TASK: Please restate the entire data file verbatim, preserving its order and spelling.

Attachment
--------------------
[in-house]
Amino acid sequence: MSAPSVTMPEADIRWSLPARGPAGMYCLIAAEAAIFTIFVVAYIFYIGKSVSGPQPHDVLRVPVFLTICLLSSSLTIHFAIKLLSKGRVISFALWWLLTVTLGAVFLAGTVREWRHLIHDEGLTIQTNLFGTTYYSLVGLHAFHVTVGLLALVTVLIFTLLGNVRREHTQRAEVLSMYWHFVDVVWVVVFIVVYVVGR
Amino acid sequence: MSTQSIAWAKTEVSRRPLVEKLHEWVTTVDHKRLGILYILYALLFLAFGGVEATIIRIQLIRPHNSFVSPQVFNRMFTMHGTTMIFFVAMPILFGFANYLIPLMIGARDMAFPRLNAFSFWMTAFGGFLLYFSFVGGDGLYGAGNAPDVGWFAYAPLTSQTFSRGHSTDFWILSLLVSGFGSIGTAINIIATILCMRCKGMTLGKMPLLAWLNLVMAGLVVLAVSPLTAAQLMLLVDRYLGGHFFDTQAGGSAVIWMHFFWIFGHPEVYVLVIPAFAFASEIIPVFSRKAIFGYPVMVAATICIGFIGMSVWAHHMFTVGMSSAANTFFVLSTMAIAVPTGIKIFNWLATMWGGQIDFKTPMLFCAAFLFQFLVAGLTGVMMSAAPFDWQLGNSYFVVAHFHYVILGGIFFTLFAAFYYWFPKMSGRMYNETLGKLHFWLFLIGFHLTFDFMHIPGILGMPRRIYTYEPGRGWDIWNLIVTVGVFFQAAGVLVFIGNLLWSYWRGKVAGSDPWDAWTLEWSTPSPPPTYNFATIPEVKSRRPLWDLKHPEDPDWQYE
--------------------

[in-house]
Amino acid sequence: MSAPSVTMPEADIRWSLPARGPAGMYCLIAAEAAIFTIFVVAYIFYIGKSVSGPQPHDVLRVPVFLTICLLSSSLTIHFAIKLLSKGRVISFALWWLLTVTLGAVFLAGTVREWRHLIHDEGLTIQTNLFGTTYYSLVGLHAFHVTVGLLALVTVLIFTLLGNVRREHTQRAEVLSMYWHFVDVVWVVVFIVVYVVGR
Amino acid sequence: MSTQSIAWAKTEVSRRPLVEKLHEWVTTVDHKRLGILYILYALLFLAFGGVEATIIRIQLIRPHNSFVSPQVFNRMFTMHGTTMIFFVAMPILFGFANYLIPLMIGARDMAFPRLNAFSFWMTAFGGFLLYFSFVGGDGLYGAGNAPDVGWFAYAPLTSQTFSRGHSTDFWILSLLVSGFGSIGTAINIIATILCMRCKGMTLGKMPLLAWLNLVMAGLVVLAVSPLTAAQLMLLVDRYLGGHFFDTQAGGSAVIWMHFFWIFGHPEVYVLVIPAFAFASEIIPVFSRKAIFGYPVMVAATICIGFIGMSVWAHHMFTVGMSSAANTFFVLSTMAIAVPTGIKIFNWLATMWGGQIDFKTPMLFCAAFLFQFLVAGLTGVMMSAAPFDWQLGNSYFVVAHFHYVILGGIFFTLFAAFYYWFPKMSGRMYNETLGKLHFWLFLIGFHLTFDFMHIPGILGMPRRIYTYEPGRGWDIWNLIVTVGVFFQAAGVLVFIGNLLWSYWRGKVAGSDPWDAWTLEWSTPSPPPTYNFATIPEVKSRRPLWDLKHPEDPDWQYE